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Grieving the Loss of a Loved Animal Companion

Grieving the Loss of a Loved Animal Companion

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Published by: breunisoos3321 on Aug 13, 2011
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 Grieving The Loss Of A Loved Animal CompanionToday, maybe more than ever prior to in history, our animalcompanions have played a much more essential role and assumed agreater meaning and significance in the lives of millions of Americans. It’s estimated that you will find roughly 68 million dogsand 73 million cats living in U.S, households. and that the petbusiness generates almost $36 billion dollars in revenues per year.As our lives turn out to be increasingly stressful and difficult – as our globe becomes increasingly complex, perilous, impersonal andtechnologically oriented, our pets have turn out to be much morevalued, respected and appreciated. Our pets have and continue tobecome beloved members of our families who provide us withunconditional love, loyalty and acceptance. Pets are also frequentlyour extremely best and dearest friends, companions and confidants.In a globe full of tumult, conflict and fear, their mere presence iscomforting, calming and consoling. They offer us a secure haven, acomfort zone, the chance to relax, let down our guard, live “in themoment”. and to be genuinely ourselves. They don’t judge us andthey accept us precisely as we're. They love us no matter what.Additionally, our animal companions are affectionate, amusing andentertaining. They're literally “warm and fuzzy” and offer us accuratelove and affection. They even make us laugh at their antics, engageus in play and physical exercise and assist us forget about our problems. They keep us from becoming lonely and isolated. Eventhough we live in a world full of stress and anxiety, tension andviolence, hostility and negativity and although numerous of our livesare fraught with fear and dread of what tomorrow might bring, our beloved pets teach us to live within the present moment and withspontaneity. They teach us to accept what is…not to fear the futureor dwell on the past. Many of us discover ourselves living far awayfrom loved ones and fiends – our professions, opportunities for higher education and improved financial circumstances, military service, etc.are responsible for our relocation from house and family to newcommunities, cities, countries as well as continents. We're strangersin a new environment and culture. It’s difficult to make new friendsand to establish meaningful and heartfelt relationships. We live alone.We function alone – many of us barely connecting with 1 anadditional – numerous of us interfacing with technologies instead of with other human beings. We seek contact with other people – we'rein need of friendship, communication and support. Numerous of us,unable to forge bonds with fellow human beings, adopt animalcompanions. They become a part of our lives, hearts and homes.There are no secrets between us. We come to know one another intimately. We forge a deep, potent and genuine bond with them, andin numerous instances, incorporate and integrate them into membersof our families – adopted children, siblings, nieces, nephews, and soon. Couple of, if any human beings, can offer the beauty and purity,
nobility and vulnerability of spirit, loyalty, unconditional love,acceptance, forgiveness and empathy of an animal companion. Theyare genuinely who they're and allow us, in turn, to be who wegenuinely are. There is no pretense, no facade, no agenda, noartifice on the part of our pets – what we see is what we get! We cansigh with relief and satisfaction as we return house to be greeted byour pets following a difficult, stress-filled and challenging day at work.Our pets welcome us with unabashed enthusiasm, affection and joy.And we let down our guard – understanding that we can alter into our sweat clothes and play on the floor or within the back yard or playroom with our animal “kids”. We can happily interact with sentientbuddies who don’t judge or talk back to us, buddies who calm usdown and bring us back to reality with priorities intact, friends whoappear to comprehend us “better” than any of our other humanbuddies. Our animal companions benefit us emotionally, spirituallyand physiologically. There’s ample scientific information which provesthat pet improve both longevity and high quality of life. They providephysical and emotional well-being. The simple act of petting ananimal friend has confirmed to be of significant physical andpsychological benefit. A pet has a calming effect. Blood pressure isreduced. Heartbeat is improved. Resistance to illness is heightenedand tension and anxiety are decreased. Our animal companionsdecrease tension, fear and anger. They also decrease sadness,loneliness and depression. As we are their caregivers andresponsible for their physical and emotional well-being, they offer numerous of us having a reason for getting up in the morning – we'reresponsible for nurturing, communicating and supplying love,exercise, correct diet, nutrition and health care for our animalcompanions. They are sentient creatures who communicate in alanguage beyond mere words. When we're alone – whether we'resingle, young, elderly, widowed, separated, or divorced, thesebeloved ones by means of their simple presence, comfort andconsole us; they provide adore and affection at house as well as onour errands, vacation and travel time. They're with us 24/7 – when weare reading, writing, at the computer, listening towards the radio,watching television, cooking, entertaining, relaxing out on the patio,gardening, socializing, even traveling and on vacation with us. Our animals play a extremely essential role in our general well-being andthe way in which we deal with hardship and stress. And the number and intensity of the substantial losses (human and otherwise) wehave sustained throughout our lives, will help figure out the intensityand amount of time and power we spend grieving their loss whenthey die For many of us, our animal companions have afforded usprobably the most stable, comforting and comfortable relationshipswe have experienced. However there are lots of humans who merelydo not understand how deeply we love and care for our animals andwho have personally never known the beauty, inspiration and wisdomto be derived from getting extensive get in touch with with a lovedanimal companion. They do not comprehend all of the gifts theseanimals bring to us. For from our pets we understand of life anddeath, the cycles and seasons of life, the majesty and grandeur of the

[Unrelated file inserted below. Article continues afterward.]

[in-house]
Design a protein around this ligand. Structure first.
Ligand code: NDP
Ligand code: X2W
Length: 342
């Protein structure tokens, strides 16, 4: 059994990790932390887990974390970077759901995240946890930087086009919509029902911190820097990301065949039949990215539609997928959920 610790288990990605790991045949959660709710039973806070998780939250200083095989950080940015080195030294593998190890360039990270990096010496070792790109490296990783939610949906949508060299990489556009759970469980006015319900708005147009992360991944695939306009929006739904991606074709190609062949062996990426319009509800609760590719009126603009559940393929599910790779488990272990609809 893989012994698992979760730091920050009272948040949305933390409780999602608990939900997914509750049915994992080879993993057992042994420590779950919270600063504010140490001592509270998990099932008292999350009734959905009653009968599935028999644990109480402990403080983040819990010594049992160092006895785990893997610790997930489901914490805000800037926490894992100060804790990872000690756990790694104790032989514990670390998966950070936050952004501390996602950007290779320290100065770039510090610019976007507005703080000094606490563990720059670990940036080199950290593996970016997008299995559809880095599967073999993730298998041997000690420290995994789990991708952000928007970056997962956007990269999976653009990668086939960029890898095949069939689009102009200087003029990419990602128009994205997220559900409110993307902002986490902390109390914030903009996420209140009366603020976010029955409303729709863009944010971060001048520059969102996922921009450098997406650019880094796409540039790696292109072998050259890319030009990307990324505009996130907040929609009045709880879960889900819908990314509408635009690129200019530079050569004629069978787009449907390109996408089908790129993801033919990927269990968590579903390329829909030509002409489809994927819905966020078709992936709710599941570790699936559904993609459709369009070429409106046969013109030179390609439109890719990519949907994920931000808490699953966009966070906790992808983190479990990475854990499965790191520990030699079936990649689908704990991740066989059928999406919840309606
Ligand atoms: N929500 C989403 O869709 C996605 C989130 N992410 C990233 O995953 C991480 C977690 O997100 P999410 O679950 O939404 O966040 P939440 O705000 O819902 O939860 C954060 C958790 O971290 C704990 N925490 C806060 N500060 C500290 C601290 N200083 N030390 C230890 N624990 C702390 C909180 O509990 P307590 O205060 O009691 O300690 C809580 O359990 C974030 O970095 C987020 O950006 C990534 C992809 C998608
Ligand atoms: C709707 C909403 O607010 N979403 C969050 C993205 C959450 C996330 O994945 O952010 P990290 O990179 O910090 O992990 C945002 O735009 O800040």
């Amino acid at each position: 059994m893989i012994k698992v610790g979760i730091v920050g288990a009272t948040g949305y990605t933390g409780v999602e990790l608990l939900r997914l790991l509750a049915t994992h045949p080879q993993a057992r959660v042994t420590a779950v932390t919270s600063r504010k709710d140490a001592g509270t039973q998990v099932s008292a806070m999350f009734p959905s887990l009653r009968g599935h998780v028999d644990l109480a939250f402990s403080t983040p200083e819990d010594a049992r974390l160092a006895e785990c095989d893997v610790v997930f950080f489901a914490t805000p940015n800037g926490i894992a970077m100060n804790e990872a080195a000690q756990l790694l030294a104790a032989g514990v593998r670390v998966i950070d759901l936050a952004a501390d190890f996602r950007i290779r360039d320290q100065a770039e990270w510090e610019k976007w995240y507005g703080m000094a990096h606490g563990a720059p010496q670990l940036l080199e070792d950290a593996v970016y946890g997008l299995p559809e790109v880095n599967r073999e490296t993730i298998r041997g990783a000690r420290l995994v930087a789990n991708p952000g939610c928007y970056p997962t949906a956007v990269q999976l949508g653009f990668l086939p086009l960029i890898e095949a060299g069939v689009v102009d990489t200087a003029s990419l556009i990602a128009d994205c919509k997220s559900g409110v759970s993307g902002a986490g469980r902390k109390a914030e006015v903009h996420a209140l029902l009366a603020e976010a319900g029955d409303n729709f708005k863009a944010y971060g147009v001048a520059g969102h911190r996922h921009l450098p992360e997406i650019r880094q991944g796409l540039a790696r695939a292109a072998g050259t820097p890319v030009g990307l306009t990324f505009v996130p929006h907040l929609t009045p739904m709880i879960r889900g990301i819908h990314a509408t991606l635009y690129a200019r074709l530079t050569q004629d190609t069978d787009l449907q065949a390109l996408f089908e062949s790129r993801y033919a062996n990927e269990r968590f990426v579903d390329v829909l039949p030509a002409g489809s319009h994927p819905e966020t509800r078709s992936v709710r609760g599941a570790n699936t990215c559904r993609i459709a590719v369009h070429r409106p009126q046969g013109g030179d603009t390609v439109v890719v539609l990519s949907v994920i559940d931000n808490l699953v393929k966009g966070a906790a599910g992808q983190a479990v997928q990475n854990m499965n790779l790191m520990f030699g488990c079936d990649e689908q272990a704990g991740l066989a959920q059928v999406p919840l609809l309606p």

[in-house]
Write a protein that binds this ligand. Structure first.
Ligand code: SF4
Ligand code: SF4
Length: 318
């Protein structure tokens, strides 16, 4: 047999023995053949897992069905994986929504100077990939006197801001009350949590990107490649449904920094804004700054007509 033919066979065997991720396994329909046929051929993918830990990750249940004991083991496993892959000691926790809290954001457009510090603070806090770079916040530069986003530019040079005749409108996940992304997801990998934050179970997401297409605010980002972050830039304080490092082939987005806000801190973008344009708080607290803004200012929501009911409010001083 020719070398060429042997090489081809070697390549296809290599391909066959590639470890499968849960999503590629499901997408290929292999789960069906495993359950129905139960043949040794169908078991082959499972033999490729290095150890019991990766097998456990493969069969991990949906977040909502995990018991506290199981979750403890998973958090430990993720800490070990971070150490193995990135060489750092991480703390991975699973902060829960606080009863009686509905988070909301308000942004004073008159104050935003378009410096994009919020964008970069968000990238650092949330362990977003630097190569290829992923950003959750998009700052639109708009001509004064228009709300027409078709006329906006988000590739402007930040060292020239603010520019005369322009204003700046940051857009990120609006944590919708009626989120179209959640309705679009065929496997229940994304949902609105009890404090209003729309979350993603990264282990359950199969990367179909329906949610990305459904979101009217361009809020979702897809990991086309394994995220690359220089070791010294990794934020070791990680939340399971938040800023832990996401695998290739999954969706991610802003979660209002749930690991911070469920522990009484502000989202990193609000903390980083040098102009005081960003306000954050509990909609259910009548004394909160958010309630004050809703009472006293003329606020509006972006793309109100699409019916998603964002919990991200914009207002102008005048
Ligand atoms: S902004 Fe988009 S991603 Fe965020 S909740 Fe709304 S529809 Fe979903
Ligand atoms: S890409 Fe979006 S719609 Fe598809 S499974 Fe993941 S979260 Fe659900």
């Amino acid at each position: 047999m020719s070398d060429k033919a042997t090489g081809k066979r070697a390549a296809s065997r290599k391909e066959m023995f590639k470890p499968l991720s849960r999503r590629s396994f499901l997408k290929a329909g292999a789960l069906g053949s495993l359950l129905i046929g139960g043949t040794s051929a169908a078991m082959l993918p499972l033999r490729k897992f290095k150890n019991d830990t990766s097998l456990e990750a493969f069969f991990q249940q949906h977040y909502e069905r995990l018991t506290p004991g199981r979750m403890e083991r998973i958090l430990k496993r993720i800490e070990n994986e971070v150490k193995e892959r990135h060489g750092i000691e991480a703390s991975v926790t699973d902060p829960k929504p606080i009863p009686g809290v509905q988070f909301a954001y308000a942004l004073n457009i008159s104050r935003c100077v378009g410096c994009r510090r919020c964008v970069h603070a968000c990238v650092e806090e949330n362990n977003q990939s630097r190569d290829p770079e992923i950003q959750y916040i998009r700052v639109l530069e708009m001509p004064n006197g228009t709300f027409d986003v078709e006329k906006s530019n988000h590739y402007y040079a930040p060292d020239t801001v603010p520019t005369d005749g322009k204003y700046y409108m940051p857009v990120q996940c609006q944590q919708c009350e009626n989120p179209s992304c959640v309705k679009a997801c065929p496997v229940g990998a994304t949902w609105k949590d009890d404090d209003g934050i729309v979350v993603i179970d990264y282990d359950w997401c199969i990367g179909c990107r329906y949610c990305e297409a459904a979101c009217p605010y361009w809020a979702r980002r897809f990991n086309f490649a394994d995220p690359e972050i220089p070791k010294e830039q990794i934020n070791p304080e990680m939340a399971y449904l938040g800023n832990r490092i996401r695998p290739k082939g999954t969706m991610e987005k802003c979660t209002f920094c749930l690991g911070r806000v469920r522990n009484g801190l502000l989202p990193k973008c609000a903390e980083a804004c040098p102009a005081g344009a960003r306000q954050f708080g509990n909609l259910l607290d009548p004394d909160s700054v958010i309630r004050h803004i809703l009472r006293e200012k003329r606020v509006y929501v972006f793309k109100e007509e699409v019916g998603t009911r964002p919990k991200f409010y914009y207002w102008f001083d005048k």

natural globe and also the pivotal o link we share with the naturalglobe. You will find far too many people who have not had theprivilege of experiencing the joy, depth and beauty of understandinga beloved animal companion,, yet they might benefit from the wordsof the French poet and philosopher, Anatole Fance, whostated, “Unless one has loved an animal a component of one’s soulremains unawakened.” Those of us privileged sufficient to know andlove animals benefit profoundly and learn so many lessons about lifeand death; via the observation of and interaction with our pets, welearn much about the meaning and purposefulness of all life and alsothe interconnectedness of all living creatures who share the earth.From the moment we adopt a loving animal companion, our lives areirrevocably transformed. We understand to SHARE our hearts andour lives with these magnificent creatures; we hopefully make alifetime commitment to provide well being, peace happiness, well-being and harmony towards the beautiful ones we adopt. We assumeresponsibility for their care and well-being. We do our very best toensure that they will share a pleased, wholesome, peaceful andfulfilling life with us and our other loved ones members. Seldom dowe pause and consider the fact that their lives are usually shorter than our own; that they will confront and be diagnosed with diseasesand ailments as well as medical remedies comparable to our own,that they'll grow old and that they will 1 day die – whether fromillness, injury, accident, etc. They, like us, are vulnerable and mortal.Life for them is, as for us, arbitrary, unpredictable and full of loss,grief and adversity. We are friends, teachers and guides to them asthey are to us. From our animal companions we learn much aboutgrowing old, for their aging procedure mirrors and mimics our own.We observe them as they become much less active and robust; asthey become less alert and attentive; as they shed interest within thefood they relished and also the toys and games in which theydelighted. Their muzzles become grey or white; their gaze becomesdim; their hearing is less acute; they spend most of their timesleeping; they may be immobile and/or incontinent. They isolate andwithdraw from us…In a lot of methods, they are like aging humans…When our beloved pets have been diagnosed with a terminal illnesslike cancer or HIV; when they are in great discomfort and clearlysuffering; when they're not mobile and are incontinent; when theystop consuming and drinking; when it is obvious that they're no longer experiencing a substantial high quality of life, we're faced with anumber of options. One would be to simply wait for them to die ontheir own, “naturally” and let their suffering continue living. The other is to help put a merciful finish to their suffering by getting themeuthanized. Euthanasia is the Greek term meaning “good death”, andit is administered by a trusted veterinarian -presumably one that hasknown you and your pet and provided treatment and advice over theyears. The process is quick and virtually painless. However, thechoice to have a pet euthanized is one of the most difficult andcomplicated decisions we might ever make. It’s also one of the leastselfish, most compassionate and humane decisions we will make.We have carried out every thing in our power to help our pets –